Jose Palomino

Evolutionary Marketing, Extinction, and Pop-Tarts

March 26, 2012

When did Pop-Tarts start selling as fast food?

When I was a kid (apparently back in the Stone Ages, as my kids like to remind me), they were sold as something that had to be toasted first. Pop-Tarts were only for breakfast – end of story.

Today, Pop-Tarts are anything but “only for breakfast.” Here in our office, they are a staple snack item. And I’ve learned we’re not the only ones.

In 2010, Kellogg (owner of the Pop-Tarts brand) opened a Pop-Tarts store in Times Square, joining M&Ms and Hershey. This bold move, as the NY Times points out, is focused primarily on “marketing and visibility.”

And Pop-Tarts wants to be visible, but not as a breakfast food. At the Pop-Tarts store, not only can you simply enjoy your favorite Pop-Tart variety as a snack, but you can create your own Pop-Tart, eat a Pop-Tart sandwich, and (I kid you not) try something called Pop-Tart “sushi” (but don’t ask me what that is, because I’m not quite sure – although I’m fairly certain raw fish is not involved).

So this is the Pop-Tarts evolution, and I have to say: hats off to their marketing team. If Pop-Tarts were merely a breakfast item, I certainly wouldn’t be a customer any more – trading my childhood breakfast items for grownup things like oatmeal and eggs. Yet since they’ve been marketed as a snack, I have been a loyal customer – I, and the rest of the “grownups” in my office (yes, in spite of the carbs and calories – after all, genius needs fuel).

The Pop-Tart brand is a perfect display of what can best be called evolutionary marketing.” Instead of remaining in their proverbial box, they’ve reached out and redefined their brand in order to make Pop-Tarts more widely marketable.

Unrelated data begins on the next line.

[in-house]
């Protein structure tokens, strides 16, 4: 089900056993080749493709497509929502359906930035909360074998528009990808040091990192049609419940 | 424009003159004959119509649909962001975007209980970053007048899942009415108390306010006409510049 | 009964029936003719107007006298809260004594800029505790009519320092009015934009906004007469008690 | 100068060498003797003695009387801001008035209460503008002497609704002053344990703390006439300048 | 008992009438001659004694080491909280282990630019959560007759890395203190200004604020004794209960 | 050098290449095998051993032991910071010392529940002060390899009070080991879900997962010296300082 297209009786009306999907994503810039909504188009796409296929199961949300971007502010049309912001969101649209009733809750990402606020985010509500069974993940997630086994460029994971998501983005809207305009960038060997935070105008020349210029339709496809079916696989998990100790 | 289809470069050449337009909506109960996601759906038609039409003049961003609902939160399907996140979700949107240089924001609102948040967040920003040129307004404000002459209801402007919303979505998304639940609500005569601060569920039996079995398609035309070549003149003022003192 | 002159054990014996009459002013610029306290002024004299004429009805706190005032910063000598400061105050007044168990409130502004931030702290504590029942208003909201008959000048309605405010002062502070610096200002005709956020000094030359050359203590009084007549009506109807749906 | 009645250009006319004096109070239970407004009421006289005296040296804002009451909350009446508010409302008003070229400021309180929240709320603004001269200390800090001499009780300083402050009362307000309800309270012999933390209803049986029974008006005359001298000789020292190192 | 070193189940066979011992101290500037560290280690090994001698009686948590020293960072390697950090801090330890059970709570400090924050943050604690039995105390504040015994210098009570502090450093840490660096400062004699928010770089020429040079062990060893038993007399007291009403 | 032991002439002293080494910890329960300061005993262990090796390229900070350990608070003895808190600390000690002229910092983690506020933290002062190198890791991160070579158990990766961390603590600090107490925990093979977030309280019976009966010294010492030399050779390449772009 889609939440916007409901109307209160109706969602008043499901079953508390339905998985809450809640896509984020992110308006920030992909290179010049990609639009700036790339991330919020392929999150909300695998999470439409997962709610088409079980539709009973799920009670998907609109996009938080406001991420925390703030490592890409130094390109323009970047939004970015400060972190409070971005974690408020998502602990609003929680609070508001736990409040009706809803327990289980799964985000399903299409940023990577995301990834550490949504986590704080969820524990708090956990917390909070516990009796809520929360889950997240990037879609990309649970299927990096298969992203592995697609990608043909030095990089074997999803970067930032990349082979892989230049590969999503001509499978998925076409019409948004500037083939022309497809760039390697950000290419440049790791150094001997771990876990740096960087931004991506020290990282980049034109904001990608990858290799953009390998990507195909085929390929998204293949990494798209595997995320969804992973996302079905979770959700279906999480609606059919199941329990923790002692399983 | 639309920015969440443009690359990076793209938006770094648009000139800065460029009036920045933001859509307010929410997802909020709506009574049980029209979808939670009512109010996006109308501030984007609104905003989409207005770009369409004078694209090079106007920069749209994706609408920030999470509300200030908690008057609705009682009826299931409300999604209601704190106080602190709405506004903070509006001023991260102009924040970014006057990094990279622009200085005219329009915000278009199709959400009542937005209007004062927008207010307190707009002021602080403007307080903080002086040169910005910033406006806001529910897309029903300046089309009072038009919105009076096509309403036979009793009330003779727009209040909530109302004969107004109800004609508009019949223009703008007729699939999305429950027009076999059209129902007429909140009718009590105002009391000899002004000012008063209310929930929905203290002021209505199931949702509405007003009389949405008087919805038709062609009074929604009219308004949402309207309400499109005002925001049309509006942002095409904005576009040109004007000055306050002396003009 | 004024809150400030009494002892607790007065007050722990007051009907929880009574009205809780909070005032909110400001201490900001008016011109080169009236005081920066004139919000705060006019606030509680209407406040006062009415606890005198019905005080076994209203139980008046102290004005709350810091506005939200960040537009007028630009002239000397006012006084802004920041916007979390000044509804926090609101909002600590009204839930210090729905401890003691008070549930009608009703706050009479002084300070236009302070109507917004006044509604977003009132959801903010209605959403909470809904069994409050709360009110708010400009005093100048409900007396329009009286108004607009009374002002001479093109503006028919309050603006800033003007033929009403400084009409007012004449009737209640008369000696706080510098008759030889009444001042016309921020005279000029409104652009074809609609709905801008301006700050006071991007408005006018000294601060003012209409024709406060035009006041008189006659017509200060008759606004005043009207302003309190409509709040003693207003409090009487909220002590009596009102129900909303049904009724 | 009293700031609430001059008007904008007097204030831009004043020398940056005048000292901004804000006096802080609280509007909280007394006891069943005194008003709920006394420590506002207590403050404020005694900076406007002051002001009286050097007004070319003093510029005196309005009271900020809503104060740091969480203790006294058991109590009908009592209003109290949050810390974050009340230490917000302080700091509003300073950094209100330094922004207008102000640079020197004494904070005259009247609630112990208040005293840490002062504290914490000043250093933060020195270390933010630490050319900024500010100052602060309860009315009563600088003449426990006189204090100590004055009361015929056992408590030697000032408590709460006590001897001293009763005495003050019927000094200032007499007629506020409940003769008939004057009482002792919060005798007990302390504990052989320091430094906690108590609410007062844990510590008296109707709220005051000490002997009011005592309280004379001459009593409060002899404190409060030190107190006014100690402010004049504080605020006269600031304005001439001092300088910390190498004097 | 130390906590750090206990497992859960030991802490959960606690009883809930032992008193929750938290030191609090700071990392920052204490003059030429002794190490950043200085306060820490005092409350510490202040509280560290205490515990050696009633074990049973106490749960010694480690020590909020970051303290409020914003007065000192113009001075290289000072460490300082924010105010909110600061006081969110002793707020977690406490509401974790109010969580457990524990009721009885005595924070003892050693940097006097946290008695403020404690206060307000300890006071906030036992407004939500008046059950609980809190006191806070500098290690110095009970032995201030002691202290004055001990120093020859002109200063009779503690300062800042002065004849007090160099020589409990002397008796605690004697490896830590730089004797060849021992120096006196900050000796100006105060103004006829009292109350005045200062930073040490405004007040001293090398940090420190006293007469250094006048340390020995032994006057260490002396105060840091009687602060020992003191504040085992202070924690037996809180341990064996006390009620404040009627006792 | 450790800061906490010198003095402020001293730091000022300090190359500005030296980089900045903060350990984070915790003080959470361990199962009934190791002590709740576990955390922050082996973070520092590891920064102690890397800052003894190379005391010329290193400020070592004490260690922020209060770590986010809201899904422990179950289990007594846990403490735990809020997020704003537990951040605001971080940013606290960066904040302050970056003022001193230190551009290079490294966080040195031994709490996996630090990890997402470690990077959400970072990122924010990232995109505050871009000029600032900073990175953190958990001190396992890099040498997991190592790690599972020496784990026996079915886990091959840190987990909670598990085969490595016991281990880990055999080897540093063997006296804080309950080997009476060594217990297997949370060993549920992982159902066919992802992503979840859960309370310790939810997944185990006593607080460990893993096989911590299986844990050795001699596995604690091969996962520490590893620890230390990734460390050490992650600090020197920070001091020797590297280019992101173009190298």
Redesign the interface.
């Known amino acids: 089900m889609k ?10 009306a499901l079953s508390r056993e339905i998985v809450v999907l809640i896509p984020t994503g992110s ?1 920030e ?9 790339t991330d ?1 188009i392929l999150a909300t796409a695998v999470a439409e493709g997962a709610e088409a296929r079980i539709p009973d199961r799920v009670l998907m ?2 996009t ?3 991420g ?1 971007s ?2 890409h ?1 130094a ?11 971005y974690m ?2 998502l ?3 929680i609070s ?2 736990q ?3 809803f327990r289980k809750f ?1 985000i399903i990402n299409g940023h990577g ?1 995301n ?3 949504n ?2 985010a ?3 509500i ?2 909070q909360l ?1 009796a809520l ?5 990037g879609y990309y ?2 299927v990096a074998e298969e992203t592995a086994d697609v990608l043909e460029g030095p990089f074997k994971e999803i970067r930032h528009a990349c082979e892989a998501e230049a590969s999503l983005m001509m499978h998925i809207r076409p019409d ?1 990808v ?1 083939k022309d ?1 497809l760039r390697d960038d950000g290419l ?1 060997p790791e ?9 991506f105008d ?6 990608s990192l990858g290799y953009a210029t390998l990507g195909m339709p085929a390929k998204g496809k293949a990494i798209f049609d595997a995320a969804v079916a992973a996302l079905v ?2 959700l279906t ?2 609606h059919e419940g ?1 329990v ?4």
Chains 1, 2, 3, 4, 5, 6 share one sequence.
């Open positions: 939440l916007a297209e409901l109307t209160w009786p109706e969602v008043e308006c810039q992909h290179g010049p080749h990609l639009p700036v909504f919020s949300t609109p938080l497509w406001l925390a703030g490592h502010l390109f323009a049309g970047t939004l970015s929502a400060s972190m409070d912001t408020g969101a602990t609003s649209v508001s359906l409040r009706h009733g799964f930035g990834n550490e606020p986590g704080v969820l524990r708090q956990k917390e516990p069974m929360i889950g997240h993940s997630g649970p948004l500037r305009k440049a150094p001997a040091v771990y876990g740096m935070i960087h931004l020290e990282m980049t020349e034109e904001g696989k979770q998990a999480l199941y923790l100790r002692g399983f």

Without changing the product, they changed its purpose.

Surprisingly, the term “evolutionary marketing” doesn’t yield as much on Google as I would have thought. It appears to be a potential business buzzword that has yet to take definite shape. However, there were a couple (read: exactly two) posts out there that started a good conversation.

One article on Thoughtlead was written by Sam Rosen, in which he defined evolutionary marketing as, “seeing all available marketing strategies and tactics as potentially valuable to our efforts to sell our products, services, or messages; and … pursuing all of them with an eye on where we can go as a culture, and as a human race.” In response to this post, Kathy Bayer of KB Marketing & Consulting added her own thoughts to the idea of evolutionary marketing. I especially liked what she had to say at the end: “Evolutionary Marketing by definition has to be constantly changing and evolving, so anyone can jump into the conversation any time and take it forward.”

Well, allow me to “jump into the conversation,” “take it forward,” and suggest yet another definition.

I would venture to argue that this new term moves beyond the evolution of marketing strategies available (with a heavy focus on SEO and social media). I believe evolutionary marketing can describe the evolving branding strategy of a product or service. It’s about the way a product evolves over time, utilizing the technology and trends available, but strategically revamping its brand and purpose, to keep it relevant.

In other words, it’s the difference between Pop-Tarts and Kodak. Pop-Tarts kept its competitive edge, and even brought it up a notch, to remain relevant in today’s market. Kodak – arguably a more versatile business than Pop-Tarts – failed to evolve (and we all know what happened there: extinction).

Brian Solis recently posted about Digital Darwinism, and discusses how to avoid extinction in a world where, as he cites from a Babson College commercial, “Over 40% of the companies that were at the top of the Fortune 500 in 2000 were no longer there in 2010.” That’s a sobering thought, and hopefully a wake-up call to those of us who believe ourselves immune to extinction. As always, Brian adds an insightful take to this idea, and the following quote is an apt description of evolutionary marketing: Everything begins with embracing a culture of innovation and adaptation – a culture that recognizes the impact of disruptive technology and how consumer preference and affinity is evolving.”

So as I grab for yet another 3-o’clock-Pop-Tarts-pick-me-up, I ask myself the question: Am I evolving with the market, or am I in danger of becoming extinct?

What about you?

  • How would YOU define “evolutionary marketing?”
  • What other products have you seen evolving with the times in an effective way?
  • What other products have you seen becoming extinct?

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